If puzzles, and clambering about, aren’t your bag though, you might find the experience a bit choppy, as encounters generally feel more intermittent than before. Though when you do get into a battle, especially with some of the larger creatures and sub-bosses, you’ll be glad there are a handful of new lightsaber stances to use, two of which you can equip at a time, which help keep combat fresh and dynamic throughout.
The Star Wars universe is built on its characters, and Cal continues to be both relatable and charming. While he doesn’t have the same, intense inner struggle we saw in the previous game, we can all relate to working hard and feeling as though we’re getting nowhere. But it's the adorable BD-1 who is still the true star of the show, of course, and you can even customise him in all sorts of ways this time around.
Sad news elsewhere in customisation is that the amount of poncho available for Cal himself are limited, though customisation overall has had a complete tune up. Since it is third-person, you do get a chance to see Cal’s threads in all their glory, and the character animation is fluid – especially when swapping between different saber stances.
Skill upgrades return, with a few different trees to explore, and one for every stance, so you can really double-down on being the biggest badass possible with the claymore-style, crossguard lightsaber.
On top of that are perks, which take up a different amount of slots depending on their power, and act as passive buffs for Cal, allowing for even more customisation to your specific playstyle.
The background characters are good fun as well. Our personal favourite was an aggressively Scottish able seaman called Skoova Stev, who you’ll find in various parts of the overworld searching for rare fish species, which you can then see in the aquarium back at home base.
The actual act of finding the fish is fairly mundane, as you’ll usually just stumble across him, but on each encounter he’ll reveal a little more of a long, rambling story, as well as just generally having a bit of fun with you. These sort of characters are totally ridiculous and yet 100% Star Wars.
The feel of this series, both the first game and Survivor, has always been very true to the franchise and it’s definitely one of its strengths. Joining Cal feels more meaningful because of how naturally he fits into this galaxy, and you feel like you’re making a difference, as the scale of the story is kept under control and not tied too closely to any big moments.
Whether the destination outshines the journey doesn’t really matter here, as the adventure you’re on is exciting and compelling, delivering exactly what’s promised in the most authentic feeling of being a Jedi for anyone outside the theme parks’ Galaxy’s Edge experiences.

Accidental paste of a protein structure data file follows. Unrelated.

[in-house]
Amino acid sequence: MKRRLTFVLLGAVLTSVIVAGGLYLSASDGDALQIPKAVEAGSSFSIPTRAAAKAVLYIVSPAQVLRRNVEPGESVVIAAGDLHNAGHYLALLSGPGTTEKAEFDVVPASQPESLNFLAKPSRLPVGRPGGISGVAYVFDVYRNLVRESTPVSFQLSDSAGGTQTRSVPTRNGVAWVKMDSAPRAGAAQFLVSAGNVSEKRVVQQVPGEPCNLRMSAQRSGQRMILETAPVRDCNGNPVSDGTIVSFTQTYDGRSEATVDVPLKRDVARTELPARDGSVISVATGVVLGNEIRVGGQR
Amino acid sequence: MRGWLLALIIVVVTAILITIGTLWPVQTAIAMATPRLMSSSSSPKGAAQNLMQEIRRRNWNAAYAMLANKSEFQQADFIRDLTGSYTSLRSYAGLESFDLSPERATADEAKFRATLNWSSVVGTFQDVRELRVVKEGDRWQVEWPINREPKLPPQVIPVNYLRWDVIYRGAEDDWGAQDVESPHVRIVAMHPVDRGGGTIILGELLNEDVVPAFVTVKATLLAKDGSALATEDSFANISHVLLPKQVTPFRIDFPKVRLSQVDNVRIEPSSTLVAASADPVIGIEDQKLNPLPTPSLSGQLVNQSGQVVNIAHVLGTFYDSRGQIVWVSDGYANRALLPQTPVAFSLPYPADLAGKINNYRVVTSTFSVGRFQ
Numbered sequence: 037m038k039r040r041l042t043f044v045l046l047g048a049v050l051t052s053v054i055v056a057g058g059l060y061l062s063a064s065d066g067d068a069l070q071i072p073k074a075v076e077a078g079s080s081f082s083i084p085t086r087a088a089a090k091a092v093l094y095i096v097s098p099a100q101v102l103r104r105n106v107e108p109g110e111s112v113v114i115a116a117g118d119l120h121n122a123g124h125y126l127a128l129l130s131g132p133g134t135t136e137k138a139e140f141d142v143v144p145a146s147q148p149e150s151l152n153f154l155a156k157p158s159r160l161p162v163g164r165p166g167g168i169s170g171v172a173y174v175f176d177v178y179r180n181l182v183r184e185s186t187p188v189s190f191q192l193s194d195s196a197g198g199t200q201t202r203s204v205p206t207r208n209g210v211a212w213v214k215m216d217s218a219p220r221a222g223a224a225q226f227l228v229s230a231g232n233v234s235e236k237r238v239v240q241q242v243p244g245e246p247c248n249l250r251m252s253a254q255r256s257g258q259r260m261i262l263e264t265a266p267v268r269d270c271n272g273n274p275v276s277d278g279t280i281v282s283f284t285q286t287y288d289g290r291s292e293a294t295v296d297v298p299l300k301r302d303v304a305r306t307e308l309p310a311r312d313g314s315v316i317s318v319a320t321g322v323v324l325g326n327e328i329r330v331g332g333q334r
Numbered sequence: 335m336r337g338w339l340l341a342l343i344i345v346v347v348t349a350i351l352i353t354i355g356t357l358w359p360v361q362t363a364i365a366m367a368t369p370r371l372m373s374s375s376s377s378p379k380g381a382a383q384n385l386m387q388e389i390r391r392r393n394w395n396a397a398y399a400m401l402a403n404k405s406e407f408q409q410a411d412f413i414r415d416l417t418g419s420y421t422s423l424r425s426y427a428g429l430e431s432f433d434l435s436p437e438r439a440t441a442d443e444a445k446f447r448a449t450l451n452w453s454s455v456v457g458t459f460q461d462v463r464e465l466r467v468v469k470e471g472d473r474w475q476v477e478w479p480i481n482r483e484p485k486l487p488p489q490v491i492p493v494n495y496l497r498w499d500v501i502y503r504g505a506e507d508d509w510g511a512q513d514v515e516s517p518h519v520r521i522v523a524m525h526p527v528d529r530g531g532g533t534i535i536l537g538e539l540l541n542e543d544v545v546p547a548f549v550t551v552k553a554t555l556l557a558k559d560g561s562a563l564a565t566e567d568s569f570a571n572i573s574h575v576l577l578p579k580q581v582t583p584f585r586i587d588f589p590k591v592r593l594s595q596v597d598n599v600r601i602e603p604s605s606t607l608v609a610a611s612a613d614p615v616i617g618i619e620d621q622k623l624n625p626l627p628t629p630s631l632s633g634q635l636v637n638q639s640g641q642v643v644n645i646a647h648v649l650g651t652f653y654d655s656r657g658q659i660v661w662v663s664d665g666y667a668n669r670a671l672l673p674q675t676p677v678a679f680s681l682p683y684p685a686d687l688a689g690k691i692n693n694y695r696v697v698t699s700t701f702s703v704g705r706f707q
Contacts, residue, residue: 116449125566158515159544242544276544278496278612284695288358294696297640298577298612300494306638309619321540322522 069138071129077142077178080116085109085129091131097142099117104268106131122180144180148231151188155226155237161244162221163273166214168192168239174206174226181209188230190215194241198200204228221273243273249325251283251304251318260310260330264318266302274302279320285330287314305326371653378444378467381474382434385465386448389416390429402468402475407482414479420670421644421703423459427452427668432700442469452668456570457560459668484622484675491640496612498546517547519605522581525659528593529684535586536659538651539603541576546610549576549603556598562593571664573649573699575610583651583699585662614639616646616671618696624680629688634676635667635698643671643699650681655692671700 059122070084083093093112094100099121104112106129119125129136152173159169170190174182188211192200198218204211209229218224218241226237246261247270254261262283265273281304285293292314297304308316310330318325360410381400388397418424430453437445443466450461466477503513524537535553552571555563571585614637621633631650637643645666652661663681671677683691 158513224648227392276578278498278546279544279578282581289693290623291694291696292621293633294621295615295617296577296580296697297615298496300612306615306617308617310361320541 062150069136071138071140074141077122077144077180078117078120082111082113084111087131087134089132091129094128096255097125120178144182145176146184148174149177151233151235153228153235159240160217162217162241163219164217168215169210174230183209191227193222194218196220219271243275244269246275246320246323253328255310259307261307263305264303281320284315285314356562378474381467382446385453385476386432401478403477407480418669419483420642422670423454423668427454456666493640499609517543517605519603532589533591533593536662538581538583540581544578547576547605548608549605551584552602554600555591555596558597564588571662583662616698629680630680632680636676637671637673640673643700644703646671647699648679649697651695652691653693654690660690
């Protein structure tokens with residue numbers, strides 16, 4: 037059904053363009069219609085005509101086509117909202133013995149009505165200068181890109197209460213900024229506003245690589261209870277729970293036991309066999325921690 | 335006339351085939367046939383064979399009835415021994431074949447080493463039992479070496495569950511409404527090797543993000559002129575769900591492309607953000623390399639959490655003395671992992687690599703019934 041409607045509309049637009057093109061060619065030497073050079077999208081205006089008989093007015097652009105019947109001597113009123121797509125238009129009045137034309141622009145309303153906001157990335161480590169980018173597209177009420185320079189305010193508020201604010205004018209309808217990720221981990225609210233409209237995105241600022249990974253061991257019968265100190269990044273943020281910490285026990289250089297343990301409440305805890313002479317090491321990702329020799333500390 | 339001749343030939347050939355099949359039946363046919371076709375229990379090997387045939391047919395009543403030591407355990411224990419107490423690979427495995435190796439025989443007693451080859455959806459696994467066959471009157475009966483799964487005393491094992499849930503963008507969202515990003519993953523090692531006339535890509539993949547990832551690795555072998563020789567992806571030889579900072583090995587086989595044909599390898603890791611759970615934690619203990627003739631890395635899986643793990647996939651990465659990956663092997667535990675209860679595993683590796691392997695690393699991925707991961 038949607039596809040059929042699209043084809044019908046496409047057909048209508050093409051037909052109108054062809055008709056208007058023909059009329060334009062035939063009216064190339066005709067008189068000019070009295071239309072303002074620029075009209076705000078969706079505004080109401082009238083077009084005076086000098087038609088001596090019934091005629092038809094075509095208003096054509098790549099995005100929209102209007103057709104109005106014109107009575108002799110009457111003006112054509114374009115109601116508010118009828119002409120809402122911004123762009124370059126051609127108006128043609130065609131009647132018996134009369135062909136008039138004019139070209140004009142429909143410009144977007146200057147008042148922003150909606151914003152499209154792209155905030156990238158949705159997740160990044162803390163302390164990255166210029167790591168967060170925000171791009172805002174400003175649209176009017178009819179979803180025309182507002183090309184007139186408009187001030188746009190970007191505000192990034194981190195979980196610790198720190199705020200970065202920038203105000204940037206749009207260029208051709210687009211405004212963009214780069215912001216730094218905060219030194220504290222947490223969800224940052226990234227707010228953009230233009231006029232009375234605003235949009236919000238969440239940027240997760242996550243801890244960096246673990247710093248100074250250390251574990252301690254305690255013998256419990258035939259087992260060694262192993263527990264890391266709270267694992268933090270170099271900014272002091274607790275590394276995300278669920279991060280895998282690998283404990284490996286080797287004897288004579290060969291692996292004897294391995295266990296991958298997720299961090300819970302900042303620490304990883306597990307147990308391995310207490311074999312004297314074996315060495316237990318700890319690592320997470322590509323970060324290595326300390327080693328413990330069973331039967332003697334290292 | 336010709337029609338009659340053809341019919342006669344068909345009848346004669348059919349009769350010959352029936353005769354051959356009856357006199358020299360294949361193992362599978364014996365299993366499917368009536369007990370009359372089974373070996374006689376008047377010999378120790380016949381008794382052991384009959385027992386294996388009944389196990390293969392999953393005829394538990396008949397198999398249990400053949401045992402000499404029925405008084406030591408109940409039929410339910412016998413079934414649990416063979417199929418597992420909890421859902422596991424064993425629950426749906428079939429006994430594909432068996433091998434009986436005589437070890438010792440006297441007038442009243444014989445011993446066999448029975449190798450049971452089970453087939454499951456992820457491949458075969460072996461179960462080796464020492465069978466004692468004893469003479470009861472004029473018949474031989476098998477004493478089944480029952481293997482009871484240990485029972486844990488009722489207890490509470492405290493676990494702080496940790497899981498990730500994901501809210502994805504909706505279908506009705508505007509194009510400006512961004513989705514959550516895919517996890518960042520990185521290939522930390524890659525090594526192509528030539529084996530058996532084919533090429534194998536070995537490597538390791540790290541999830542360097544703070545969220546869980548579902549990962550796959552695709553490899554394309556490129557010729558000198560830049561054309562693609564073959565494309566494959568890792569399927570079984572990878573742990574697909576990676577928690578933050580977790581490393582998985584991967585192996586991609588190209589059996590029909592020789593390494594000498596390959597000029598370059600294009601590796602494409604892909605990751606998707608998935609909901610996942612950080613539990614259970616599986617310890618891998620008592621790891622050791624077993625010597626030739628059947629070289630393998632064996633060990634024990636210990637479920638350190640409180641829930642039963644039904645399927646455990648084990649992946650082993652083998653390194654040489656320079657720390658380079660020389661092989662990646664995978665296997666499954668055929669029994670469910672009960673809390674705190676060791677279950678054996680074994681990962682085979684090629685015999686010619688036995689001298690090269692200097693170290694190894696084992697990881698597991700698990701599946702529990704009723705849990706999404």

Hopefully we haven’t seen the last of Cal and BD-1, and this is a chapter well worth Force jumping into.
There’s nothing simple about making video games, which is why when a game comes along which goes out of its way to create an experience based on a few simple principles which really works, it’s worth sitting up and taking note, and Planet of Lana is that game.
The story plays out in just over three hours, with a few new abilities unlocked along the way, and a constant is the beautiful soundtrack. The score is almost hypnotic, with its calming influence bringing the expansive world to life as a peaceful utopia, punctuated by creeping strings as the threat of danger from the robots on the hunt for Lana, which will not hesitate to take her out on the spot.
Planet of Lana is a beautiful journey which transports you to a peaceful, and tense, other world which is fun and satisfying to explore...
Controlling the character lacks precision in parts, making pulling of complex manoeuvres challenging, though if you feel like you have to do something particularly intricate, you’re probably overthinking it. It’s when you know what to do, but the intentional lag between button press and action catches you out, that the frustration starts to build.
Fortunately, there weren’t any moments where we felt really stuck on a puzzle, thanks to a forgivable but challenging difficulty level, and solving them was consistently satisfying.
Outwitting the enemies requires both patience, persistence and, crucially, the ability to not fly into a blind panic, choose chaos and try to run past everything. More often than not, there’s really only one way to get past a situation, which means that, besides a few collectable shrines, there’s not a lot of replayability here.